What Did the Researchers Do and Find?
The researchers used a statistical approach called accelerated failure time analysis to analyze data collected in 147 countries between 1990 and 2007 on vaccine costs, Hib disease incidence, GAVI eligibility, and other factors that could influence decision-makers' perceptions of the costs and benefits of Hib vaccination. After allowing for gross national income, region, and burden of Hib disease, the researchers identified several factors that influenced the time between the availability of a Hib conjugate vaccine in a country and a decision being made to introduce routine Hib vaccination. The receipt of GAVI support speeded the decision to adopt vaccination by 63%, for example, and sharing borders with two or more countries that had adopted the vaccine speeded the decision by 50%. By contrast, for each 1% increase in vaccine costs, the time to decision to adopt vaccination was delayed by 2%. The 1998 and 2006 World Health Organization recommendations on routine Hib vaccination and the existence of local studies on Hib disease had no influence on the time to decision.
What Do These Findings Mean?
These findings confirm previous studies that showed that increases in the price of Hib vaccine increase the time to adoption. In addition, they suggest that GAVI eligibility accelerates decisions to adopt this vaccine and show that the decisions made by neighboring countries are important, which suggests that policy diffusion may occur. Thus, in the case of adoption of the Hib vaccine, both supply-side and demand-side factors seem to be important. Its is relevant to note that during writing of the article, JCS, MLS, MRR, APB, and RAH were employed by the Hib Initiative, which was funded by the GAVI Alliance. The findings do not necessarily represent the views, policies or decisions of the Hib Initiative or the GAVI Alliance. Importantly, these findings are explanatory, not predictive, so they cannot be applied directly to new vaccines to improve their rate of adoption. Nevertheless, these findings highlight the potential importance of setting up formal and informal networks to facilitate policy diffusion and suggest that long-term price and supply certainty might be factors that could help to accelerate national decisions to adopt new and/or underutilized vaccines and other public-health technologies.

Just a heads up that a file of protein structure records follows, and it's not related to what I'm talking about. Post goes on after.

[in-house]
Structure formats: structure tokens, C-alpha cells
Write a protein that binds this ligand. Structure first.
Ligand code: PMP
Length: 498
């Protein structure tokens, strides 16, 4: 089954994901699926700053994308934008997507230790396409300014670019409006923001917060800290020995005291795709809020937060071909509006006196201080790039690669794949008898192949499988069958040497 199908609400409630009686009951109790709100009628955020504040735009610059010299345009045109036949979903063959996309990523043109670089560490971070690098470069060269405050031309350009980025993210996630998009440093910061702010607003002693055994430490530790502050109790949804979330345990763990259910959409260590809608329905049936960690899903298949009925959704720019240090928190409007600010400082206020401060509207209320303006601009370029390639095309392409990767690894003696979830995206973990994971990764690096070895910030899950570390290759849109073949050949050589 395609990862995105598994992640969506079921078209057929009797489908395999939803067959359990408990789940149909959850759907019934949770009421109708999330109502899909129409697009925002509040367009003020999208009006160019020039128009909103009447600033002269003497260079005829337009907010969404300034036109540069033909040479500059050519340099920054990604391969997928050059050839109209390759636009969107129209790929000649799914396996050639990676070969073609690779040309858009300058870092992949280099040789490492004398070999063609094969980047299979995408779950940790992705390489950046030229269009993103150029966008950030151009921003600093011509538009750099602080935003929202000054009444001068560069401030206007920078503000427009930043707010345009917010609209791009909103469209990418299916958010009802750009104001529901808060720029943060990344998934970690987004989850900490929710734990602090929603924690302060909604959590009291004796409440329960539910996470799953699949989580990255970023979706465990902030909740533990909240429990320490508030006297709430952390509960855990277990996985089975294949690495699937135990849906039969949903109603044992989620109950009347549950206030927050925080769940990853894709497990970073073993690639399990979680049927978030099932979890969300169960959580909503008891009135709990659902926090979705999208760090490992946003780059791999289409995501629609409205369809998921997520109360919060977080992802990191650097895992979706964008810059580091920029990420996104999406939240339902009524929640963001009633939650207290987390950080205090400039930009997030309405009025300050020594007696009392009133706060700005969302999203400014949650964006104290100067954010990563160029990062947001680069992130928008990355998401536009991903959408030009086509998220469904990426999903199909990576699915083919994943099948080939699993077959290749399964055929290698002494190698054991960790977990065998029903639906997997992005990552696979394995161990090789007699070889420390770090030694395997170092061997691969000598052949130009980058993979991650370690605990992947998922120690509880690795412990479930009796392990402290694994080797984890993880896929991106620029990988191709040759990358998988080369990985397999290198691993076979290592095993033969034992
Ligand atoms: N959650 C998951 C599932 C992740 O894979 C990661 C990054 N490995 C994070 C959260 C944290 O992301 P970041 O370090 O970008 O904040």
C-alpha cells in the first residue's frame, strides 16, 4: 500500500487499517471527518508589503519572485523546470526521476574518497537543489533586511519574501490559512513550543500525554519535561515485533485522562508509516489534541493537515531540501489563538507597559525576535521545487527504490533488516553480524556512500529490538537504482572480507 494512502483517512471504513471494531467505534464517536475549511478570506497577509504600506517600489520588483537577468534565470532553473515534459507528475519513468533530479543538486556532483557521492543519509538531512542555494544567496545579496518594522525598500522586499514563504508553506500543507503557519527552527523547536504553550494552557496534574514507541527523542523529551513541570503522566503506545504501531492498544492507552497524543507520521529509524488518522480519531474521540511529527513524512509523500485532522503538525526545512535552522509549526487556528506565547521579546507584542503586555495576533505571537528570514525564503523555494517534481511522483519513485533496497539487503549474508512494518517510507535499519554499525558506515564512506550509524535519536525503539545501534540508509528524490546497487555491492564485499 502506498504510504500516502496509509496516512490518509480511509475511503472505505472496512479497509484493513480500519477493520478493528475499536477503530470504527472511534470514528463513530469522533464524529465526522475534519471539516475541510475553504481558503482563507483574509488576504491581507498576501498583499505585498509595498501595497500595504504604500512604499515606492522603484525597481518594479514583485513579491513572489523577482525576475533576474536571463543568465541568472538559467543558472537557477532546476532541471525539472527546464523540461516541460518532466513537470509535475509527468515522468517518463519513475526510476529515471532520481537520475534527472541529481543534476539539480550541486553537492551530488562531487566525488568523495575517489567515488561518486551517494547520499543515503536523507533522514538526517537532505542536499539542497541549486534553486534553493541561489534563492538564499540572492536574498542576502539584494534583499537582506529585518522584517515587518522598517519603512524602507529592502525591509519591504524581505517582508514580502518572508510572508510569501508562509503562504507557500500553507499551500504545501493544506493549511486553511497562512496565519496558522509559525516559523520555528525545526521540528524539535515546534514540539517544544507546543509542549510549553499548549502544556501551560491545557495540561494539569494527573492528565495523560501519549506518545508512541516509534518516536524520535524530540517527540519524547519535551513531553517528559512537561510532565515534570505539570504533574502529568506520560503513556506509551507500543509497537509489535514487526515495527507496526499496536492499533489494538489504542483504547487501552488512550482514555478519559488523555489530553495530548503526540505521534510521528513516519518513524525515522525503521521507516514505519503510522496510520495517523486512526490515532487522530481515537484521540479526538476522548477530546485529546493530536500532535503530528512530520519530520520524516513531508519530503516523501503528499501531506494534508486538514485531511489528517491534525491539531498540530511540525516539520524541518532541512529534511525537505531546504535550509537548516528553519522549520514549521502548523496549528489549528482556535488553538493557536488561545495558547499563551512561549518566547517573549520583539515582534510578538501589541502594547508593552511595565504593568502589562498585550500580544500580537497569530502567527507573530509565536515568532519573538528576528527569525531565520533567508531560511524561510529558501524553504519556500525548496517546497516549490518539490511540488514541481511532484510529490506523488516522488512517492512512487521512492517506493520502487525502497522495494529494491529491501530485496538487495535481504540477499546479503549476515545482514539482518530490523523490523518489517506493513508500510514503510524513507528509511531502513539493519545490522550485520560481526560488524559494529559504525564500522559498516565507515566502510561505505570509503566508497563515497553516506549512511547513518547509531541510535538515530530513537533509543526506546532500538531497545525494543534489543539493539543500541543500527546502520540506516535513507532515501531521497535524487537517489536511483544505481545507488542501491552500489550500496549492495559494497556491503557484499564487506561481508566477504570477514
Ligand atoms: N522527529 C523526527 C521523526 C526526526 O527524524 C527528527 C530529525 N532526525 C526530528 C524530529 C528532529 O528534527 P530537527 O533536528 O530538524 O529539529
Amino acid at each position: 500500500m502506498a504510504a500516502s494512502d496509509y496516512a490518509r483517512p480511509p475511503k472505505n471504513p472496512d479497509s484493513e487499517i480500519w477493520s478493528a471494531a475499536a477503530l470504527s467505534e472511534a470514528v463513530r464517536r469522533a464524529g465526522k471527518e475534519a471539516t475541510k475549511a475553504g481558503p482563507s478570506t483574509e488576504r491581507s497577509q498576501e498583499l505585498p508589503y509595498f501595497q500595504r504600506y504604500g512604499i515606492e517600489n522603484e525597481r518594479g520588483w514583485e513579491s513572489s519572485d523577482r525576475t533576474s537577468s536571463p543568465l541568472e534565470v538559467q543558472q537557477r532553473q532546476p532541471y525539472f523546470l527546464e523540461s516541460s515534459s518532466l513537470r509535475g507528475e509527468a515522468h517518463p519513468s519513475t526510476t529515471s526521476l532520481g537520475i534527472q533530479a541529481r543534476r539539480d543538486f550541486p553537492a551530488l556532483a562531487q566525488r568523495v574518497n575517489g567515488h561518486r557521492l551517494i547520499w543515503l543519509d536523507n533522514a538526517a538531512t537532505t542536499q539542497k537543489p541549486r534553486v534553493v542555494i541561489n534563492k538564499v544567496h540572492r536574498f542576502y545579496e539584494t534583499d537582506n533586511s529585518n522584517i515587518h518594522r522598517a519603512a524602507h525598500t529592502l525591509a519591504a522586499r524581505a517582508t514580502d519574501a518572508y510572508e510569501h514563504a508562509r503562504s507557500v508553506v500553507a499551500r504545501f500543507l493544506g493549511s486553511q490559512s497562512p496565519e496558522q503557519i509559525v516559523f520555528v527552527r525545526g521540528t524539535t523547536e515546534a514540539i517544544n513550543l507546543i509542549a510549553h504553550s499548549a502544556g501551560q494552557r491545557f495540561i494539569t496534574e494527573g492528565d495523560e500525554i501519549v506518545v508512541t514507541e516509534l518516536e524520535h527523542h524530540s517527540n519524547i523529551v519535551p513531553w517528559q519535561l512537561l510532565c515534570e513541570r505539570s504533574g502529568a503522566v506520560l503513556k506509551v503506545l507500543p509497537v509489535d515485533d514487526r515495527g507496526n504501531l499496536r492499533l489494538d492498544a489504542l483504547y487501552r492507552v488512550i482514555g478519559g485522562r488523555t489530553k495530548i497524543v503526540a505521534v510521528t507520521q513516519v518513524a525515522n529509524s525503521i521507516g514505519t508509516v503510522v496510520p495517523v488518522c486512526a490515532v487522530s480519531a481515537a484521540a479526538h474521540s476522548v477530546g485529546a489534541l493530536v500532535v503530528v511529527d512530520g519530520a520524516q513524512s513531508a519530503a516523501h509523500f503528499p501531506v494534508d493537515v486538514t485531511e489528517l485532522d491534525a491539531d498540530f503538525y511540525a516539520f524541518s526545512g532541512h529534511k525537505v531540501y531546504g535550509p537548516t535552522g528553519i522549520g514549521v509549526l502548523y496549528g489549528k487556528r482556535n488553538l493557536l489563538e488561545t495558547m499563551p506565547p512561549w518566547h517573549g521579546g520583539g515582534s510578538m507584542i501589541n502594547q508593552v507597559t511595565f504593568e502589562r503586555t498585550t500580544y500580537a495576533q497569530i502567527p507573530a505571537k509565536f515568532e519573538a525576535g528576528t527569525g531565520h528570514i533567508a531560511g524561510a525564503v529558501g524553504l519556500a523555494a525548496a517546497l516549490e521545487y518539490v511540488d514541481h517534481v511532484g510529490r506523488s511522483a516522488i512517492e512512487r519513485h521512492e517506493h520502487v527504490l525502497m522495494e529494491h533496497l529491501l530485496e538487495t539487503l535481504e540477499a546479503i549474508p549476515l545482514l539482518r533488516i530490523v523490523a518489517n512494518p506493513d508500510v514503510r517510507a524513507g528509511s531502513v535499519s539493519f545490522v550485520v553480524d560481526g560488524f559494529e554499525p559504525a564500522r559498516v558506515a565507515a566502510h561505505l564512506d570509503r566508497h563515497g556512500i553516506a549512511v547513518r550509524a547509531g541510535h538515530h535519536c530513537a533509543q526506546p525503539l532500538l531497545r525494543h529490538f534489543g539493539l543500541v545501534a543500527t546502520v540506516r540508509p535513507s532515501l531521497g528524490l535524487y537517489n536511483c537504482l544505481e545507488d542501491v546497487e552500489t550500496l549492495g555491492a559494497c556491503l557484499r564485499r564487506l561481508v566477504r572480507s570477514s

Please access these Web sites via the online version of this summary at http://dx.doi.org/10.1371/journal.pmed.1000249.
- The World Health Organization provides information on immunization and on Haemophilus influenza type b (in several languages)
- The GAVI Alliance Web site describes the work of this public–private partnership and provides details of developing countries eligible for Hib vaccination support
- The Hib Initiative aims to reduce the risk of childhood death and disability through sustained use of Hib vaccine
- MedlinePlus provides links to further resources on immunization and information on the Haemophilus influenzae type b vaccine (in English and Spanish)
Routine immunization is an essential component of strategies to reduce childhood mortality, but its impact is limited by delays in national decision-making, national and subnational implementation, and low coverage . While not sufficient, national policy decisions to adopt vaccines are a necessary condition for their routine implementation and widespread use.
Haemophilus influenzae type b (Hib) conjugate vaccine prevents morbidity and mortality resulting from Hib disease, which is estimated to cause 370,000 deaths each year in unvaccinated children under five years of age . Where routinely used, Hib vaccines have reduced morbidity and mortality from Hib disease –. Decisions to adopt Hib vaccine in low- and middle-income countries have lagged behind high-income countries. Its routine use was confined to 13 low-income countries in 2004; by the end of 2008, 66 low-income countries had made a decision to adopt Hib vaccine . In order to explain the increased frequency of decisions to adopt Hib vaccine since 2004 and to inform efforts related to other public health interventions, it is useful to understand what influenced Hib vaccine adoption decisions.
Recent literature has utilized qualitative and quantitative methods to study decisions to adopt hepatitis B virus (HBV), Hib, and typhoid vaccines (see Table 1 for a list and description of studies). Findings from these studies suggest that national vaccine decision-making is driven by vaccine price ,, existence of local studies or disease burden data –, immunization system strength ,–, donor financing for vaccines –, and national economic and political characteristics .
The recent increase in decisions to adopt Hib vaccine enables a longitudinal analysis of previously identified factors, as well as the addition of variables to test new hypotheses. This paper describes the results of a multivariable analysis of the factors that may have shortened the length of time between vaccine availability and a country's decision to adopt Hib vaccine. As new vaccines and other public health technologies become available, a better understanding of the factors that are associated with accelerated adoption of appropriate technologies could speed health improvements for populations around the world.